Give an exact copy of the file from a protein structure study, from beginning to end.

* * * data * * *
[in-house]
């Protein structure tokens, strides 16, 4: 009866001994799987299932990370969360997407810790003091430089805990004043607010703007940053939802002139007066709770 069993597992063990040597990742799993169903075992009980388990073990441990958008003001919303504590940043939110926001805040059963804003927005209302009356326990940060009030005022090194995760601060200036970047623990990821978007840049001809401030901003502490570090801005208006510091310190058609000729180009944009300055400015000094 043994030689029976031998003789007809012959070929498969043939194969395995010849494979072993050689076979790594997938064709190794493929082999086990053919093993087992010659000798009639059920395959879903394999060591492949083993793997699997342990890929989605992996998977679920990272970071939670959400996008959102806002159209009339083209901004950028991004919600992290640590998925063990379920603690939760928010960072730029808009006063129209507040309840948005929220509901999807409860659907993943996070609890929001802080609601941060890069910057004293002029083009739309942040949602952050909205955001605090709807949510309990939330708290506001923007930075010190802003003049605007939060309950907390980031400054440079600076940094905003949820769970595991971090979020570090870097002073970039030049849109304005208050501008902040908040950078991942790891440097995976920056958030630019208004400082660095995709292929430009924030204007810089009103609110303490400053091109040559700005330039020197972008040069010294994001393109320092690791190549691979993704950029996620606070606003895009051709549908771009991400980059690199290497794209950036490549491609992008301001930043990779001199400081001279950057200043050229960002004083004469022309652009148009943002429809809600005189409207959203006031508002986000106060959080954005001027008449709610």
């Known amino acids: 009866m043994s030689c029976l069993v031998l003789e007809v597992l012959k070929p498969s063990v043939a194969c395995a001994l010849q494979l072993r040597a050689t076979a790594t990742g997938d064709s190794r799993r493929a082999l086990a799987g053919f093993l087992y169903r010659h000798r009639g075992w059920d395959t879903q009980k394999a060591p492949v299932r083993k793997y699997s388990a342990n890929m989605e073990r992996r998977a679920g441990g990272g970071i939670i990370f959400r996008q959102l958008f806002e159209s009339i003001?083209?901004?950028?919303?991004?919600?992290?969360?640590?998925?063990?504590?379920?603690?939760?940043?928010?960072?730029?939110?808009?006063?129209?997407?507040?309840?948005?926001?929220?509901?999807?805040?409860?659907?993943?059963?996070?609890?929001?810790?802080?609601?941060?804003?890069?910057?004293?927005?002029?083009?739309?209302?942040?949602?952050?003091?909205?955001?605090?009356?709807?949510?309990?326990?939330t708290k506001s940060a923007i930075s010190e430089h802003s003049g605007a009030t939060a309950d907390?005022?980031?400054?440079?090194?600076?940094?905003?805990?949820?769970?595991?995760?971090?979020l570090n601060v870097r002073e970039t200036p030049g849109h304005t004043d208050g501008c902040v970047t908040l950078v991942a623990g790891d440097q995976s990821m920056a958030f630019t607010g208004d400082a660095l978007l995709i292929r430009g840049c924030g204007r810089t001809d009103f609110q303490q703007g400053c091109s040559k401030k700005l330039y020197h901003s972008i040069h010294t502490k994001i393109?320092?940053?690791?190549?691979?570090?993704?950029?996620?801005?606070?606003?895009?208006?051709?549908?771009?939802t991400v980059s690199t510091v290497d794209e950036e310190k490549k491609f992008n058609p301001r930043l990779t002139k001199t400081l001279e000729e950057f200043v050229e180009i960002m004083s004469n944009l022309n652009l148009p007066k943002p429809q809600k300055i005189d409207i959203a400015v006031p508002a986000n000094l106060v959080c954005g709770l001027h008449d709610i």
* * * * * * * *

[in-house]
């Protein structure tokens, strides 16, 4: 009866001994799987299932990370969360997407810790003091430089805990004043607010703007940053939802002139007066709770 069993597992063990040597990742799993169903075992009980388990073990441990958008003001919303504590940043939110926001805040059963804003927005209302009356326990940060009030005022090194995760601060200036970047623990990821978007840049001809401030901003502490570090801005208006510091310190058609000729180009944009300055400015000094 043994030689029976031998003789007809012959070929498969043939194969395995010849494979072993050689076979790594997938064709190794493929082999086990053919093993087992010659000798009639059920395959879903394999060591492949083993793997699997342990890929989605992996998977679920990272970071939670959400996008959102806002159209009339083209901004950028991004919600992290640590998925063990379920603690939760928010960072730029808009006063129209507040309840948005929220509901999807409860659907993943996070609890929001802080609601941060890069910057004293002029083009739309942040949602952050909205955001605090709807949510309990939330708290506001923007930075010190802003003049605007939060309950907390980031400054440079600076940094905003949820769970595991971090979020570090870097002073970039030049849109304005208050501008902040908040950078991942790891440097995976920056958030630019208004400082660095995709292929430009924030204007810089009103609110303490400053091109040559700005330039020197972008040069010294994001393109320092690791190549691979993704950029996620606070606003895009051709549908771009991400980059690199290497794209950036490549491609992008301001930043990779001199400081001279950057200043050229960002004083004469022309652009148009943002429809809600005189409207959203006031508002986000106060959080954005001027008449709610």
């Known amino acids: 009866m043994s030689c029976l069993v031998l003789e007809v597992l012959k070929p498969s063990v043939a194969c395995a001994l010849q494979l072993r040597a050689t076979a790594t990742g997938d064709s190794r799993r493929a082999l086990a799987g053919f093993l087992y169903r010659h000798r009639g075992w059920d395959t879903q009980k394999a060591p492949v299932r083993k793997y699997s388990a342990n890929m989605e073990r992996r998977a679920g441990g990272g970071i939670i990370f959400r996008q959102l958008f806002e159209s009339i003001?083209?901004?950028?919303?991004?919600?992290?969360?640590?998925?063990?504590?379920?603690?939760?940043?928010?960072?730029?939110?808009?006063?129209?997407?507040?309840?948005?926001?929220?509901?999807?805040?409860?659907?993943?059963?996070?609890?929001?810790?802080?609601?941060?804003?890069?910057?004293?927005?002029?083009?739309?209302?942040?949602?952050?003091?909205?955001?605090?009356?709807?949510?309990?326990?939330t708290k506001s940060a923007i930075s010190e430089h802003s003049g605007a009030t939060a309950d907390?005022?980031?400054?440079?090194?600076?940094?905003?805990?949820?769970?595991?995760?971090?979020l570090n601060v870097r002073e970039t200036p030049g849109h304005t004043d208050g501008c902040v970047t908040l950078v991942a623990g790891d440097q995976s990821m920056a958030f630019t607010g208004d400082a660095l978007l995709i292929r430009g840049c924030g204007r810089t001809d009103f609110q303490q703007g400053c091109s040559k401030k700005l330039y020197h901003s972008i040069h010294t502490k994001i393109?320092?940053?690791?190549?691979?570090?993704?950029?996620?801005?606070?606003?895009?208006?051709?549908?771009?939802t991400v980059s690199t510091v290497d794209e950036e310190k490549k491609f992008n058609p301001r930043l990779t002139k001199t400081l001279e000729e950057f200043v050229e180009i960002m004083s004469n944009l022309n652009l148009p007066k943002p429809q809600k300055i005189d409207i959203a400015v006031p508002a986000n000094l106060v959080c954005g709770l001027h008449d709610i």